The main problems I do have with the government is the disrespect for human rights and their abject failure at winning over the hearts and minds of Tamil Sri Lankans. Admittedly, it is not easy when your army may be killing people who are potentially friends, relatives and neighbours, but still the government has not tried hard enough to appear inclusive of Tamil Sri Lankans. In the international arena, yes, Mahinda has addressed the UN in Tamil. Yes, the independence day telecast commentary were in three languages, and so were the posters – a nice change from the Sinhalese nationalist tone of last year. All these are just noises though. Why does Mahinda still allow himself to be compared to Dutugemunu? It has the all too familiar stink of Sinhala Buddhist chauvinism, as does the anti-conversion bill the government is supporting. The inaction in following up the murders of journalists and MPs like Sivaram, Lasantha, Maheswaram and Raviraj is unforgivable. The crime of killing the 17 aid workers in Muttur, the attack on Sirasa, the attacks on Rupavahini staff by Mervyn Silva – these are crimes that no perpetrator may ever be tried in court for.

It is the government’s responsibility to uphold the rights guaranteed in the constitution. That is its job. Patriots should find the true meaning of the word, not in a blind defence of a government or a party or even the military, but in a defence of the foundation of our country which is enshrined in the words of our constitution.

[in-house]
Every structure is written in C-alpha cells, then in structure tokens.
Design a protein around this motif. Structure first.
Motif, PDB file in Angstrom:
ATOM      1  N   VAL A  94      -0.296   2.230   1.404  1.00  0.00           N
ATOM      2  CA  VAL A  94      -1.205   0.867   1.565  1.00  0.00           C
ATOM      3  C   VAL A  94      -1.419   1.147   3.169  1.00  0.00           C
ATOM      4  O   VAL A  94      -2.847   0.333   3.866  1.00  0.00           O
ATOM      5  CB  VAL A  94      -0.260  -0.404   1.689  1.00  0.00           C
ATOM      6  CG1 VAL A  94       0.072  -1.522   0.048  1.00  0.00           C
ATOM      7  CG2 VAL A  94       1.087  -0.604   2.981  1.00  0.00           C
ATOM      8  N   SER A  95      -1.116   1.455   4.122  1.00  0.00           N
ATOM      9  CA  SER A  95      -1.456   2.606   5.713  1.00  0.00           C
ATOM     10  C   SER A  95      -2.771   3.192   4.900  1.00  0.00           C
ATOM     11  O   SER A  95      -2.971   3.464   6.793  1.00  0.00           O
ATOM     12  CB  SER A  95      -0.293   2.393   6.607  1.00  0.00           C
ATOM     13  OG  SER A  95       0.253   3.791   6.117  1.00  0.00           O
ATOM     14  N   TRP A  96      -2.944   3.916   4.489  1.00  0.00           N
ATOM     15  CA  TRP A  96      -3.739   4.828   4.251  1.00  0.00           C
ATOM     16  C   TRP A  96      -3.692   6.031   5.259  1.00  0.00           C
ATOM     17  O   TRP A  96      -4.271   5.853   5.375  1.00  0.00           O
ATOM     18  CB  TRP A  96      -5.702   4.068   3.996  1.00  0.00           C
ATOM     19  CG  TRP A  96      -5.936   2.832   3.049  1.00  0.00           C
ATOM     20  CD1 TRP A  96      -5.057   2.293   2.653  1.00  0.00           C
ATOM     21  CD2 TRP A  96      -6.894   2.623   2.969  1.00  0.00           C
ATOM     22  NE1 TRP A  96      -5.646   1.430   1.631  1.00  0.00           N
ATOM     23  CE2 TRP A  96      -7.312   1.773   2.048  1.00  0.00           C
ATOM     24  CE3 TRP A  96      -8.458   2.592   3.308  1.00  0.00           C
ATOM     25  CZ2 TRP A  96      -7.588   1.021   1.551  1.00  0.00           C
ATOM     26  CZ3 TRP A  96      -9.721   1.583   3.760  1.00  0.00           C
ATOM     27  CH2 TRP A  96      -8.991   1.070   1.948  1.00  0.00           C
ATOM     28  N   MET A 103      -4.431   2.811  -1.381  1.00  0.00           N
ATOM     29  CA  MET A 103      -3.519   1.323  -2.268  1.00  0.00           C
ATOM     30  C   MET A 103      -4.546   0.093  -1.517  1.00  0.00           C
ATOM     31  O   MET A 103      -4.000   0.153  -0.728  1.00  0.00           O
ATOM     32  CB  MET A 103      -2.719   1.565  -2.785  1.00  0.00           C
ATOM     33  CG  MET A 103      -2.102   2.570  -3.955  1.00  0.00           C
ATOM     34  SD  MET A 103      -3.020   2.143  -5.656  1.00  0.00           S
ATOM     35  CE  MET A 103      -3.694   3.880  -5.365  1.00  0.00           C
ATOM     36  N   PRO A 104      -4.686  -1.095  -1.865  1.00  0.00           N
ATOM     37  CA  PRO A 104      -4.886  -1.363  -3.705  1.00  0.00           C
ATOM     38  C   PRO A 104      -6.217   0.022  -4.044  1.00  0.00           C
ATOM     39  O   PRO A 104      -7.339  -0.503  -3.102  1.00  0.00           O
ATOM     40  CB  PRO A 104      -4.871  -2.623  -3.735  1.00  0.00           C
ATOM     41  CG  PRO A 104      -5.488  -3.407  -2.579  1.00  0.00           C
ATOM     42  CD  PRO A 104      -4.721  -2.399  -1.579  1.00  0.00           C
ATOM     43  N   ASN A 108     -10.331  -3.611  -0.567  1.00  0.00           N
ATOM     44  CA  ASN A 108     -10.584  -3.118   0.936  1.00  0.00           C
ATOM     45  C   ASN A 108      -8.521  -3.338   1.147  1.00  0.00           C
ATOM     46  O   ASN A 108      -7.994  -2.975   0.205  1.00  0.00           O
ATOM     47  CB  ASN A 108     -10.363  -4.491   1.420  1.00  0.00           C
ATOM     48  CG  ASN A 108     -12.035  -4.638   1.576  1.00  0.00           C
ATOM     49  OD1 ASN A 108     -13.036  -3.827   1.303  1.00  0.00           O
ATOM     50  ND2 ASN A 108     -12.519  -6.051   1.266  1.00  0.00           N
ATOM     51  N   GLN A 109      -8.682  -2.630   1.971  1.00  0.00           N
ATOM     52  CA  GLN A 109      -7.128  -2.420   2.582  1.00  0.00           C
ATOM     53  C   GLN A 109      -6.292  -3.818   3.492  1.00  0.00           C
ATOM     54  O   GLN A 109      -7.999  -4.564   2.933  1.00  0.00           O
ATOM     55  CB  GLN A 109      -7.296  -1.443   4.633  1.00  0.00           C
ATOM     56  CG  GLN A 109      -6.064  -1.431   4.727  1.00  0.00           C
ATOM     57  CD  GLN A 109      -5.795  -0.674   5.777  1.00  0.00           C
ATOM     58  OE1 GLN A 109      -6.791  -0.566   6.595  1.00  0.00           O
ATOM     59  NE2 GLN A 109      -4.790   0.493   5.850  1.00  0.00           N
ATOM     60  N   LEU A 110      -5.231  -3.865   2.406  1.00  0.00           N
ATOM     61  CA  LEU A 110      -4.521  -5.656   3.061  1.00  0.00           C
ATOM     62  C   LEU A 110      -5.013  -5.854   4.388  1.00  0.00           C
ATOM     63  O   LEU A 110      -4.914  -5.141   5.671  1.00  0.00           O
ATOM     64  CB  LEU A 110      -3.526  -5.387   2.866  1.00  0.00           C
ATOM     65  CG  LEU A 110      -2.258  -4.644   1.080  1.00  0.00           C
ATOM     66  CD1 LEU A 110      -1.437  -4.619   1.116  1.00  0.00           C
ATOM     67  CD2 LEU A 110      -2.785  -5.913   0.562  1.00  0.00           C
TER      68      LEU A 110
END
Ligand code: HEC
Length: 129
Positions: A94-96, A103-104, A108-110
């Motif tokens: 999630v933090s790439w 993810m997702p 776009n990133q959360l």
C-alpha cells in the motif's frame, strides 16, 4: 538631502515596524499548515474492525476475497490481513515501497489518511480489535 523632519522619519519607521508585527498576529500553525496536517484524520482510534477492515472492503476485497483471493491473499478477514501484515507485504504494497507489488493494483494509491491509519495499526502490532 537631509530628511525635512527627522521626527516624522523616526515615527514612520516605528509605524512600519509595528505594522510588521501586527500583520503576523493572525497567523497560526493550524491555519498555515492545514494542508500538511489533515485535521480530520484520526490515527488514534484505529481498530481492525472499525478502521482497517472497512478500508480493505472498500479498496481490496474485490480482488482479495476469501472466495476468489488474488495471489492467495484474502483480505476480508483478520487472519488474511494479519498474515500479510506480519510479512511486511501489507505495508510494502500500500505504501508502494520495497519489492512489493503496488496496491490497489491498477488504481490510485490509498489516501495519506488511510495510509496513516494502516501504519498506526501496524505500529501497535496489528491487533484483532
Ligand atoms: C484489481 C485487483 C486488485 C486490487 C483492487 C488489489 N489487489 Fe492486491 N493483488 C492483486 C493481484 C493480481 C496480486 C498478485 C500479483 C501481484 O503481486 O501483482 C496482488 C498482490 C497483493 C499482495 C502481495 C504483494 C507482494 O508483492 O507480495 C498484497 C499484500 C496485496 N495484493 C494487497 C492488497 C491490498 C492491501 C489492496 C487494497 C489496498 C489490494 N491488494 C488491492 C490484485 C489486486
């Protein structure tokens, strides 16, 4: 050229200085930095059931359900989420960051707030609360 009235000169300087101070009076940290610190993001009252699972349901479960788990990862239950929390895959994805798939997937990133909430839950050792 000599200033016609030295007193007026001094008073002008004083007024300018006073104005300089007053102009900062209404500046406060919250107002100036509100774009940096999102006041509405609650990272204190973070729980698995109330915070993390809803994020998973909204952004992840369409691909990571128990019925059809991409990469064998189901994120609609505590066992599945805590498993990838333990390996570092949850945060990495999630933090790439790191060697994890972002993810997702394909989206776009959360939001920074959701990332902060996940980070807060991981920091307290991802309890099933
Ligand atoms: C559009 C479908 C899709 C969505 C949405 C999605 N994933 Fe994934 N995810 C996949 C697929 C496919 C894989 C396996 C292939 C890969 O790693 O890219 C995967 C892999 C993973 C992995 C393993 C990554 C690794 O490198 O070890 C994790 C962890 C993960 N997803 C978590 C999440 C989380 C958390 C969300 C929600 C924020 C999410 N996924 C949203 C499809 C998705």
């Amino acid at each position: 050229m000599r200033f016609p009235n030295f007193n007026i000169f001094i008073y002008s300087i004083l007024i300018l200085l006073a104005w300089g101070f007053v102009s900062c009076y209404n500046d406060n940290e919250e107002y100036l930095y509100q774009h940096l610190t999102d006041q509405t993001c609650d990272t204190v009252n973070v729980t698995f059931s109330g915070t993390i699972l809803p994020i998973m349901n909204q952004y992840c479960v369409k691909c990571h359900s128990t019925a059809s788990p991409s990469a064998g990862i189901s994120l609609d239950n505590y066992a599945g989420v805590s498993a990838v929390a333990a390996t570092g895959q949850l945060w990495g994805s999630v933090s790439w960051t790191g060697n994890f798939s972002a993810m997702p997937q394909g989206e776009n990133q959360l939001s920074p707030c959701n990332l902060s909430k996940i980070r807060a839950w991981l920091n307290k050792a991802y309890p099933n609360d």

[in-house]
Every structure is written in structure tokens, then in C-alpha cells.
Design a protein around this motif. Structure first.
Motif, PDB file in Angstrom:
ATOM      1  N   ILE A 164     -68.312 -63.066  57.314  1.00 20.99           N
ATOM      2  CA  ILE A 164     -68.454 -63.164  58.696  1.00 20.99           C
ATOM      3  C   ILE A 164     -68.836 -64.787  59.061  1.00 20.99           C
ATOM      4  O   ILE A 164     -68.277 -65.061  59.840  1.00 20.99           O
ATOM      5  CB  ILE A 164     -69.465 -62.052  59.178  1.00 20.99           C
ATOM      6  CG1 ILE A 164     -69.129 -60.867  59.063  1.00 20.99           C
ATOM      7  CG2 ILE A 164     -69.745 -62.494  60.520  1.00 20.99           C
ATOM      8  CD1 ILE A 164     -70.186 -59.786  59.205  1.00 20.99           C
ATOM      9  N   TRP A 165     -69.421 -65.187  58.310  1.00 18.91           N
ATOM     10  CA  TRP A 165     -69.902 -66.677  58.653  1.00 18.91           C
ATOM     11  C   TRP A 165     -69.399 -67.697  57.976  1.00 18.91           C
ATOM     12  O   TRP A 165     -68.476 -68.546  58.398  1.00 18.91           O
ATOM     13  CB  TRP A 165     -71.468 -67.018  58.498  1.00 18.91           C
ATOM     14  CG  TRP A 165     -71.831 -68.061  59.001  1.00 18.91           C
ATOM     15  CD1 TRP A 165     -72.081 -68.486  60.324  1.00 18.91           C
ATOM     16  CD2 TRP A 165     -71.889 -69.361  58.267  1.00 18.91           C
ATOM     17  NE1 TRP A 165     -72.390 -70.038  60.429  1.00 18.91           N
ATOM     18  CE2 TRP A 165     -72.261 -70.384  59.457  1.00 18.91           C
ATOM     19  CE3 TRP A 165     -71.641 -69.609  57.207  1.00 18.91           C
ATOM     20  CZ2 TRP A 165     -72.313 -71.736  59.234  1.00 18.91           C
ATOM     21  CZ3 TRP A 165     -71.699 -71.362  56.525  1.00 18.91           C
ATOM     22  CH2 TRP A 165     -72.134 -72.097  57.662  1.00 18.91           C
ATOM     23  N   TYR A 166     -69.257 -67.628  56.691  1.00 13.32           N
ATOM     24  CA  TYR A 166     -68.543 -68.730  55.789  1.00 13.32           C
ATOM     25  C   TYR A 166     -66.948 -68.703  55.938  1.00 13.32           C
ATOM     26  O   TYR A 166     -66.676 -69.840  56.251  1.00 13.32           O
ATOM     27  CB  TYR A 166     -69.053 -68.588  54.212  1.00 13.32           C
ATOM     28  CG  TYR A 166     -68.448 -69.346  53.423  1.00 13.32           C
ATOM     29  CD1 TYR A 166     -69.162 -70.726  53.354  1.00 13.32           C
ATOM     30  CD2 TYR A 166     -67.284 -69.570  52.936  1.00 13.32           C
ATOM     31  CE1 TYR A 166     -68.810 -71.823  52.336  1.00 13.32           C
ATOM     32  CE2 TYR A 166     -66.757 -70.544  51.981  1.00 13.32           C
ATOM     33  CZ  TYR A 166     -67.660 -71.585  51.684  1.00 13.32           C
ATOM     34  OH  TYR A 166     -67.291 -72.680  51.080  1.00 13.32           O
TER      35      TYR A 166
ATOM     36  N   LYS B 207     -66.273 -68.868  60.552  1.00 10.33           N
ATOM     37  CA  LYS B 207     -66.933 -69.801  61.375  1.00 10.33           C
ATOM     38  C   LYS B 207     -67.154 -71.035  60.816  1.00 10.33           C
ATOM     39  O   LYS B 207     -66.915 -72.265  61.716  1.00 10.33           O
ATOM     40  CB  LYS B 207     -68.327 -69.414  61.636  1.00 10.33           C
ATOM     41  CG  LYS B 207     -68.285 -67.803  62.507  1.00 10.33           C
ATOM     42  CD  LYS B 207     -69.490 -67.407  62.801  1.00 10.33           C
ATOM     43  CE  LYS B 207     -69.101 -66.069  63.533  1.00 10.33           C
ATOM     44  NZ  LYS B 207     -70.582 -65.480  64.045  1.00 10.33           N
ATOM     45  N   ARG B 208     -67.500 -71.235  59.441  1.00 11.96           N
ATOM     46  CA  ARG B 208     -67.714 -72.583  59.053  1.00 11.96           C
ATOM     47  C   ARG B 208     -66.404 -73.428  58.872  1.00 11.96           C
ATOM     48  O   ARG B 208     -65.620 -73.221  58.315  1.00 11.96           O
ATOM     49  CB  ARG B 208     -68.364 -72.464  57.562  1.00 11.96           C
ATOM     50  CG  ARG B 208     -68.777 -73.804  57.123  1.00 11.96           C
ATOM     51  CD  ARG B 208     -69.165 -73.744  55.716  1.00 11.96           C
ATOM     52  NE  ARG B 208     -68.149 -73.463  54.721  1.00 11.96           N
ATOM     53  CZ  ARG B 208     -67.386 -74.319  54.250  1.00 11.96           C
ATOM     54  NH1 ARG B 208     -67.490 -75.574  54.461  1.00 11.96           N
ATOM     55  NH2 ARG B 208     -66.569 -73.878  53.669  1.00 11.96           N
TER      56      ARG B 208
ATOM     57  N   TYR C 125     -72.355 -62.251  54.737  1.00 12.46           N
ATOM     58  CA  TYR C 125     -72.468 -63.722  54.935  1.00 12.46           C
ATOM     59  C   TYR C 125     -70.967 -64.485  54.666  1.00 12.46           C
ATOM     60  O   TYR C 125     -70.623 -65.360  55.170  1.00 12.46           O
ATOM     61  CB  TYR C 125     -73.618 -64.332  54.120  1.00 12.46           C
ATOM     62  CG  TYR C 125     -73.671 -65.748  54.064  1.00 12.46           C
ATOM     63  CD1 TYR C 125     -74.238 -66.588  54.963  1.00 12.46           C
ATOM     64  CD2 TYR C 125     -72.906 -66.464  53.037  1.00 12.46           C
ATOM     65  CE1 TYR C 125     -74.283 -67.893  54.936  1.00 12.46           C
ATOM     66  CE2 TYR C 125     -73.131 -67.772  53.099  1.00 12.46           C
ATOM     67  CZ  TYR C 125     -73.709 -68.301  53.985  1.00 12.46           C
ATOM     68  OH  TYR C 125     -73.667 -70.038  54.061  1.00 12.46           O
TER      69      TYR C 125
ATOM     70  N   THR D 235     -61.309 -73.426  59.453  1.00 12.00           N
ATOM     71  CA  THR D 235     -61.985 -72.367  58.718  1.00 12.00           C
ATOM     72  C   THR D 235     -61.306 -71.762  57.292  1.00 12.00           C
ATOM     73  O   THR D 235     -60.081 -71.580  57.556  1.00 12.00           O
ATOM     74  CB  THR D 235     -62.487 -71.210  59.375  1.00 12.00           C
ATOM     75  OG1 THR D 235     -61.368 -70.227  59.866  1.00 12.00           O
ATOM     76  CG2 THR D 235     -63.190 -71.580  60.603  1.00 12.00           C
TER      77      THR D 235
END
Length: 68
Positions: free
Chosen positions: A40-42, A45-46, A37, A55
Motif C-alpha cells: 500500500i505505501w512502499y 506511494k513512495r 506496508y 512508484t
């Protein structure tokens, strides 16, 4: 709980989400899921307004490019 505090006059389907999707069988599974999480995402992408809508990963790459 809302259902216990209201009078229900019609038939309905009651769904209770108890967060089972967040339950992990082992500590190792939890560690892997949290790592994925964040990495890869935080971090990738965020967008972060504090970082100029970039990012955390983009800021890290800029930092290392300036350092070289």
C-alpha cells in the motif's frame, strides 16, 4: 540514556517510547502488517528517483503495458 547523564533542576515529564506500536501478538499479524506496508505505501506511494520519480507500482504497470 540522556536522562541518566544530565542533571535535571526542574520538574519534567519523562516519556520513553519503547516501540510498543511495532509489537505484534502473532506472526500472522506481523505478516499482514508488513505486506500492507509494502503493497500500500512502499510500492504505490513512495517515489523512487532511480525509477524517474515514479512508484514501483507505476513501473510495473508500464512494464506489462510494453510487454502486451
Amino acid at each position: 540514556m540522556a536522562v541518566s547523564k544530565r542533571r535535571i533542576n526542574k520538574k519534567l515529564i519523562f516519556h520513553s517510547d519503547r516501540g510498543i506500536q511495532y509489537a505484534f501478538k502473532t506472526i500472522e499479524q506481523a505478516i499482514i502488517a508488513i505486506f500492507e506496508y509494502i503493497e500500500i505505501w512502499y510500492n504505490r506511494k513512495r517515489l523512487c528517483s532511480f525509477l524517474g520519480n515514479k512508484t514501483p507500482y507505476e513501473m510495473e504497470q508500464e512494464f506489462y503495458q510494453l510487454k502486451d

What I worry about is: what comes after the almost inevitable military victory? The government’s excuse for everything – unemployment, cost of living, reduced civil liberties – has been the war. What happens when the war is no longer usable as an excuse? People are going to want to see a better life. Can they deliver? Can they send 250,000 military personnel home after paying them Rs.20,000 a month? How can they find them alternative employment? What are they going to do with Sarath Fonseka? Is he going to retire quietly or accept a diplomatic post abroad? Is he the man to win the peace in an occupied North? How will they deal with remnants of the LTTE that will try to organise themselves into terrorist cells? Will the government restore journalistic freedoms? Will they release Tissanayagam? Will this become a Sinhala Buddhist state? Who will replace Sarath N. Silva as the Chief Justice? Will we still see abductions, threats to media people and incidents like Lasantha’s death and the attack on MTV? Will these incidents increase? Will the Rajapaksa brothers establish a dictatorship? Will there be a military coup? Will there be a situation where Mahinda remains in power, but Gotabhaya and Sarath do what they want? Who is going to tell them not to?